Rashmee Patil, Mel A. Ona, Emmanuel Ofori and Madhavi Reddy, Department of Internal Medicine, Mount Sinai West, New York, NY, Department of Gastroenterology and Hepatology, The Brooklyn Hospital Center, The Icahn School of Medicine at Mount Sinai, Brooklyn, NY, USA Clinical Endoscopy November 2016 Volume 49, Issue 6, Pages: 533-538
Endocuff (Arc Medical Design) is a U.S. Food and Drug Administration-approved device that is attached like a cap to the distal tip of the colonoscope; it is used to improve adenoma detection rates during colonoscopy. The aim of this review was to summarize and evaluate the clinical and technical efficacy of Endocuff in improving adenoma detection rate. A comprehensive literature review was performed to identify studies describing this technique. In this review article, we have summarized case series and reports describing Endocuff use and results. The reported indications, results, limitations, and complications are discussed.
Summary of Outcomes in Reported Endocuff Studies
Characteristics of Patients in Reported Endocuff Studies
|Study||Country||No. of patients||Age, yr||Sex, male/female||Type of study|
|Sawatzki et al. (2015) ||Switzerland||104||59a)||57/47||Case series|
|Floer et al. (2014) ||Germany||492||64a)||235/257||Case series|
|Lenze et al. (2014) ||Germany||50||57a)||31/19||Case series|
|Chin et al. (2015) ||California, USA||236||NM||NM||Case series|
|Van Doorn et al. (2015) ||The Netherlands||EC, 530||65a)||EC, 264/266||Case series|
|Standard, 533||Standard, 285/248|
|Marsano et al. (2014) ||Not reported||EC, 165||NM||NM||Case series|
|Biecker et al. (2015) ||Germany||498||67a)||249/249||Case series|
|Study||Country||Indications for colonoscopy, n (%)||Cecal intubation, n (%)||Mean cecal intubation time, min||Mean withdrawal time without intervention, min||Polyp detection rate, n (%)||Adenoma detection rate, n (%)||Right-sided adenoma detection, n (%)||Advanced adenomas, n (%)||Adverse events, n (%)|
|Sawatzki et al. (2015) ||Switzerland||Screening, 88/104 (84.6)||103/104 (99)||6||11||75/104 (72)||49/104 (47)||20/49 (41)||14/104(13.5)||Bleeding (after polypectomy), 2/104 (1.9)|
|Polyp follow-up, 16/104 (15.4)||Abdominal pain, 2/104(1.9)|
|Anal fissure, 1/104 (0.96)|
|Floer et al. (2014) ||Germany||Screening, surveillance, diagnostic (anemia or abdominal pain)||EC, 238/249 (96)||NA||EC, 6.32||EC, 138/249 (55.4)||EC, 87/249 (35.4)||EC, 44%||EC, 6/249 (4)||Minor mucosal lacerations: EC, 18/249 (7.3) Standard, 2/243 (0.8)|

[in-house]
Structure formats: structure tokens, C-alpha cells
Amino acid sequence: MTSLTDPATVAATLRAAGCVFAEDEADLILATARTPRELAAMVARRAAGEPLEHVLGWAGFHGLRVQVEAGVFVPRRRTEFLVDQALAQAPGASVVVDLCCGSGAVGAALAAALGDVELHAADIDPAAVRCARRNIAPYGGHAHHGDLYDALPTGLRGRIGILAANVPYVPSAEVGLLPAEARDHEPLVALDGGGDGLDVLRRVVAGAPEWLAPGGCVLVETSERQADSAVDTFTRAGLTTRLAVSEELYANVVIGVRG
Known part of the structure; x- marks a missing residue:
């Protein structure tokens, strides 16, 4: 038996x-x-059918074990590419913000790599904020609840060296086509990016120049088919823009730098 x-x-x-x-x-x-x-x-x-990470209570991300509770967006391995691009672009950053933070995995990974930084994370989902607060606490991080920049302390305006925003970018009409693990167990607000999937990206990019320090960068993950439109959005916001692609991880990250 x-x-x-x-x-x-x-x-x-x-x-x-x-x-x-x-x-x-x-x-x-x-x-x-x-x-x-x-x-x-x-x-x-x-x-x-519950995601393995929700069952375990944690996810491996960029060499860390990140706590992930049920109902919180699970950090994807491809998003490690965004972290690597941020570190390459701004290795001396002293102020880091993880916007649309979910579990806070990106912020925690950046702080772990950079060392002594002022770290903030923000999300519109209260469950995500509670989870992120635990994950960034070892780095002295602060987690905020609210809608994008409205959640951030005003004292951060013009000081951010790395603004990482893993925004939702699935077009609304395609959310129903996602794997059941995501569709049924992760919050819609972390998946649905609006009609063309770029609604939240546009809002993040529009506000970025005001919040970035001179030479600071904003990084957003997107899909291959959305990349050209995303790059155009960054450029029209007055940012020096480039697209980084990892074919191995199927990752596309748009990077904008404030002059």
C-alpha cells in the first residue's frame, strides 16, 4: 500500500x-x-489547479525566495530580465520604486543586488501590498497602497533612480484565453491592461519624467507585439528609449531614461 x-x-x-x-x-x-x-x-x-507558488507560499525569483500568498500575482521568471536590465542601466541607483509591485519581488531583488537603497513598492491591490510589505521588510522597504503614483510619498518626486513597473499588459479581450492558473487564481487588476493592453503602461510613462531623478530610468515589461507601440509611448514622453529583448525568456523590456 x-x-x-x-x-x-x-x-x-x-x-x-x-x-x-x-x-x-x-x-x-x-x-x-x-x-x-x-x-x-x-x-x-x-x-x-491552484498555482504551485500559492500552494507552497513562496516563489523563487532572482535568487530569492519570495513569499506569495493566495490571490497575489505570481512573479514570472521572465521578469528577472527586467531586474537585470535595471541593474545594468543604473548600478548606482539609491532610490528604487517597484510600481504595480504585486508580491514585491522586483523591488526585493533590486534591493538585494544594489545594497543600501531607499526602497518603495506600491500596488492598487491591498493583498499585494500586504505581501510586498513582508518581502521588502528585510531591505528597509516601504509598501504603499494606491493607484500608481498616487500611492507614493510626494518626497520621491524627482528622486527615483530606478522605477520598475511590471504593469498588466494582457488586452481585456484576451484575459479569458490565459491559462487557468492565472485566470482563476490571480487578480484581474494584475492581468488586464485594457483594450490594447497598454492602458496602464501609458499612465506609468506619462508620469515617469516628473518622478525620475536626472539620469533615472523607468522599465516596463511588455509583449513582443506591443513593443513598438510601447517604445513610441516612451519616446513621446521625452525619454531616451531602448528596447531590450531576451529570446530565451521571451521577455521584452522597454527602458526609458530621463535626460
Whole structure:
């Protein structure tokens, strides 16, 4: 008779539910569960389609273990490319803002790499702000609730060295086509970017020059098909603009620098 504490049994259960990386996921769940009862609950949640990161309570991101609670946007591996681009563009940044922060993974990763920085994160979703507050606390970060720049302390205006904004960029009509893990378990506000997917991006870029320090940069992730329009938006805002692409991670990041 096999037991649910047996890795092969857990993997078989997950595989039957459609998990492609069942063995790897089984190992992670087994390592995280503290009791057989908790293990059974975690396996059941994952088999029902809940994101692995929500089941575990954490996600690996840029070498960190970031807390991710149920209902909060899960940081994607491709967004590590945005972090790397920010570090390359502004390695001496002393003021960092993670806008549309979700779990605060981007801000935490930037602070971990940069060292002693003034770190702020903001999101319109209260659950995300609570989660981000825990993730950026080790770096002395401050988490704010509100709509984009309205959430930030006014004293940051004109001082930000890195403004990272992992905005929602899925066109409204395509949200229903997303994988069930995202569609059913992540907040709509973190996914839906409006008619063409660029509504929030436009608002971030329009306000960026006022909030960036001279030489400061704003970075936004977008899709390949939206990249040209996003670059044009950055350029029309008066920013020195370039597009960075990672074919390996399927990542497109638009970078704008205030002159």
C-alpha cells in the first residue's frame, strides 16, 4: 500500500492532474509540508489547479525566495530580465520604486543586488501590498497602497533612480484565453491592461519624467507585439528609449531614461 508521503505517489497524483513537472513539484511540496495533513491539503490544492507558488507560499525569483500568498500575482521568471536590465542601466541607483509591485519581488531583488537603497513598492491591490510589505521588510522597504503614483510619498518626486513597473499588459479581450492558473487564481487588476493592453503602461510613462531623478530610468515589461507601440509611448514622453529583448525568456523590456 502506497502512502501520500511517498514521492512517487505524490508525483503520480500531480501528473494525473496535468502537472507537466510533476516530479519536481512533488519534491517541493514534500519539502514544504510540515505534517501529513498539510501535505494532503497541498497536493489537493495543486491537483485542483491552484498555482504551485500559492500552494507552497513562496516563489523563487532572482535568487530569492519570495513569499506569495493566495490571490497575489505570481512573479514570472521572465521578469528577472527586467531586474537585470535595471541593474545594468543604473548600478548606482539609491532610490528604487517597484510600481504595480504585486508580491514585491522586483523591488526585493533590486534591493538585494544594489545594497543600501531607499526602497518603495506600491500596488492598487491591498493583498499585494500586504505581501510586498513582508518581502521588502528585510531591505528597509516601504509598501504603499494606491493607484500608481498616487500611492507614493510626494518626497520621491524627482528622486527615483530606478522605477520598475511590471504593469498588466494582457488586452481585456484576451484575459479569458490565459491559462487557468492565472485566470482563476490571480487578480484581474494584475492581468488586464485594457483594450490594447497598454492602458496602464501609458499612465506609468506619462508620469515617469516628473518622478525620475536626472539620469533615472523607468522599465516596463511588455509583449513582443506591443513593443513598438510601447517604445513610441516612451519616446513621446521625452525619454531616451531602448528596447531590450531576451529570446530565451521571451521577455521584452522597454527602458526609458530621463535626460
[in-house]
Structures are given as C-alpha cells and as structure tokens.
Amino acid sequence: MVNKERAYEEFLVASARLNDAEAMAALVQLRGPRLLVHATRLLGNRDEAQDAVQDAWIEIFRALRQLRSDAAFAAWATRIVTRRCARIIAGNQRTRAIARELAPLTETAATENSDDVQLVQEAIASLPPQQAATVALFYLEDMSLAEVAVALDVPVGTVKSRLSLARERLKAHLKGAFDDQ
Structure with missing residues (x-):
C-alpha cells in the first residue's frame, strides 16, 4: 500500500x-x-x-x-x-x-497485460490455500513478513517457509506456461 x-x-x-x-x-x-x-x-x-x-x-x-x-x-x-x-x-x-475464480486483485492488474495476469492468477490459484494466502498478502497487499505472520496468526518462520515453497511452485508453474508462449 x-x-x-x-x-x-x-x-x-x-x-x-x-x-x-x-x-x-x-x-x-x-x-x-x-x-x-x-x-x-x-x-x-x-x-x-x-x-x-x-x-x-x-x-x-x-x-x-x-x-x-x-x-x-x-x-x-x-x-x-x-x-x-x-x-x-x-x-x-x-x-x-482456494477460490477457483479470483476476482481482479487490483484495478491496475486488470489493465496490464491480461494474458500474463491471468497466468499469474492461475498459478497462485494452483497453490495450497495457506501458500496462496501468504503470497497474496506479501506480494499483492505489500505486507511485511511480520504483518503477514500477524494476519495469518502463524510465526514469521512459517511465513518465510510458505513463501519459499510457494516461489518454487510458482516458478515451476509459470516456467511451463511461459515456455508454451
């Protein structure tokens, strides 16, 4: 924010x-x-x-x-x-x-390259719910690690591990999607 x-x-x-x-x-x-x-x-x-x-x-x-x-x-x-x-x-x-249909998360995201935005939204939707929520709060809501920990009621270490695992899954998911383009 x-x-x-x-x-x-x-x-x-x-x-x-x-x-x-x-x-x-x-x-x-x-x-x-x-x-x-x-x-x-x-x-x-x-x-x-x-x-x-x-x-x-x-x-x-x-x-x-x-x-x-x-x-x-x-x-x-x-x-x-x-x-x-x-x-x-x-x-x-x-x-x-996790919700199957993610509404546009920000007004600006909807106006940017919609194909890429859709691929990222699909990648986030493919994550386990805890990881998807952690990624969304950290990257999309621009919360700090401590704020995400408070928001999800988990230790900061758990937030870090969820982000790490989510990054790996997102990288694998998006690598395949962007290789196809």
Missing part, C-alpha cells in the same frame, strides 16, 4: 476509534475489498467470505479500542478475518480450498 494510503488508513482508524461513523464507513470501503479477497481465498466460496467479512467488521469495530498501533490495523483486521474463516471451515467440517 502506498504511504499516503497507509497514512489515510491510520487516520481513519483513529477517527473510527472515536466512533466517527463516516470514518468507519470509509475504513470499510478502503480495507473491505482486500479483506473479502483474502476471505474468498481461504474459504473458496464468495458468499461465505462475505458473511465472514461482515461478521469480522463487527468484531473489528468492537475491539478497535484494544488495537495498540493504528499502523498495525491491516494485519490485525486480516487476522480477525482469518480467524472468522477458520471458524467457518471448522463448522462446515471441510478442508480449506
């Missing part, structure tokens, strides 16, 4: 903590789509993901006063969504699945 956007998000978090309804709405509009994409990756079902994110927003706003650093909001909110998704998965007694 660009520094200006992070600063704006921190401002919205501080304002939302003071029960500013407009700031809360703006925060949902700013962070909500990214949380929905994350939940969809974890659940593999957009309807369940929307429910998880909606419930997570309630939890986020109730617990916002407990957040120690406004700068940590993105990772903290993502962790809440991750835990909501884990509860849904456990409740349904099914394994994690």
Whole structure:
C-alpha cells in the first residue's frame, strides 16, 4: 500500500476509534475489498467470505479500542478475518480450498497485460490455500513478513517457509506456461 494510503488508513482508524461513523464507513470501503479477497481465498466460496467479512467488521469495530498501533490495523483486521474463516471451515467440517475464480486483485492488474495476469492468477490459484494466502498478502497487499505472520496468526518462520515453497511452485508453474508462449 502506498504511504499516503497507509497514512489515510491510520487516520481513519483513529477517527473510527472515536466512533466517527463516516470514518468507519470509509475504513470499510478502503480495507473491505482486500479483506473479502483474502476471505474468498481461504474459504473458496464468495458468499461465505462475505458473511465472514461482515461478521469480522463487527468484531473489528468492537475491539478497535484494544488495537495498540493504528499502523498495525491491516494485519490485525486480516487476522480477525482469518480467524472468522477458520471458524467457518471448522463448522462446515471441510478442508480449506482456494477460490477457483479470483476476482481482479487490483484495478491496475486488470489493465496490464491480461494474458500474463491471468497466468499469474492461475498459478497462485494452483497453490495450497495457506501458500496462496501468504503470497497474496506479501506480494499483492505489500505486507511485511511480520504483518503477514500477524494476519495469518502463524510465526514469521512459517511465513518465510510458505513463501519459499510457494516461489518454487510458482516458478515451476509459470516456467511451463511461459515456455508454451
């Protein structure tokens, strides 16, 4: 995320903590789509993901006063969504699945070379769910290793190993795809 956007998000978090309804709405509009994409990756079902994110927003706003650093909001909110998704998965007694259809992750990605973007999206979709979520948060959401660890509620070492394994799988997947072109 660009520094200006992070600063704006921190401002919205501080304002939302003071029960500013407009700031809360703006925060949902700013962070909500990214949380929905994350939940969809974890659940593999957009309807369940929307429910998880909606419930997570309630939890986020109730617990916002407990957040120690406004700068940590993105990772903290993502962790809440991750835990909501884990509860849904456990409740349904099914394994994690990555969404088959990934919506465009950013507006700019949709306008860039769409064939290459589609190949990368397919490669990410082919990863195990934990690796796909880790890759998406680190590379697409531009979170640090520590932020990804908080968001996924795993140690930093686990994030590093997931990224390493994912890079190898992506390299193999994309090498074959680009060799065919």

|Standard, 229/243 (94)||Standard, 6.05||Standard, 93/243 (38.4)||Standard, 50/243 (207)||Standard, 24%||Standard, 1/243 (1)|
|Lenze et al. (2014) ||Germany||Screening, surveillance, tumor screening||49/50 (98)||6||6.9||NA||21/50 (41)||15/36 (42)||7/36 (19)||Minor mucosal lacerations, 15/50 (30)|
|Chin et al. (2015) ||California, USA||Screening, 97/236 (41)||NM||NM||NM||EC, 78.5%||EC, 44.1%||NM||For flat polyps: EC, 23.8% Standard, 12.3%;||NM|
|Diagnostic||Standard, 57.3%||Standard, 27.3%||For SSA: EC, 10.8% Standard, 4.2%|
|Van Doorn et al. (2015) ||The Netherlands||Polyp surveillance, FIT+screening, sympomatic and >45 years old||EC, 508/520 (98)||EC, 7||EC, 12||NM||EC, 53.5%||NM||NM||NM|
|Standard, 518/525 (99)||Standard, 8.3||Standard, 13||Standard, 52.7%|
|Marsano et al. (2014) ||Not reported||Screening||NM||NM||NM||EC, 1.31/patient||EC, 46.6%||EC, 32.1%||NM||NM|
|Standard, 0.82/ patient||Standard, 30%||Standard, 18.3%|
|Biecker et al. (2015) ||Germany||Screening, surveillance||486/498 (97.6)||NM||NM||EC, 137/245 (56)||EC, 87/240 (36)||NM||24/244 (9.8)||Minor mucosal lacerations: EC, 9/245 (4) Standard, 2/253 (1);|
|Anemia or abdominal pain||Standard, 106/253 (42)||Standard, 69/249 (28)||Loss of cuff: EC, 6/245 (2.5)|
Summary of Outcomes in Reported Endocuff Studies
Colonoscopy performed as a part of colon cancer prevention programs remains the gold standard for CRC screening. The ADR seems to be most crucial in preventing interval colon cancer, as a suboptimal ADR is significantly associated with a higher incidence of CRC. An ADR of at least 20% is generally accepted as sufficient for colon cancer prevention programs and should be the standard for colon cancer prevention centers. Recently, many studies have aimed to achieve a better ADR through various accessory devices (cap assistance, third eye retroscope, EC) and advancements in endoscope design (full spectrum endoscopy system, balloon-assisted colonoscopy, confocal laser endomicroscopy). As a simple attachment to the distal tip of the colonoscope, the EC is an effective and inexpensive alternative for increasing the ADR without restricting the field of vision. The benefit of EC is that it is a safe measure that improves PDR and ADR in a screening population with no severe adverse events, even in patients with diverticulosis. Furthermore, the cecal intubation time is not lengthened, and a significant number of small polyps can be detected in the right side of the colon.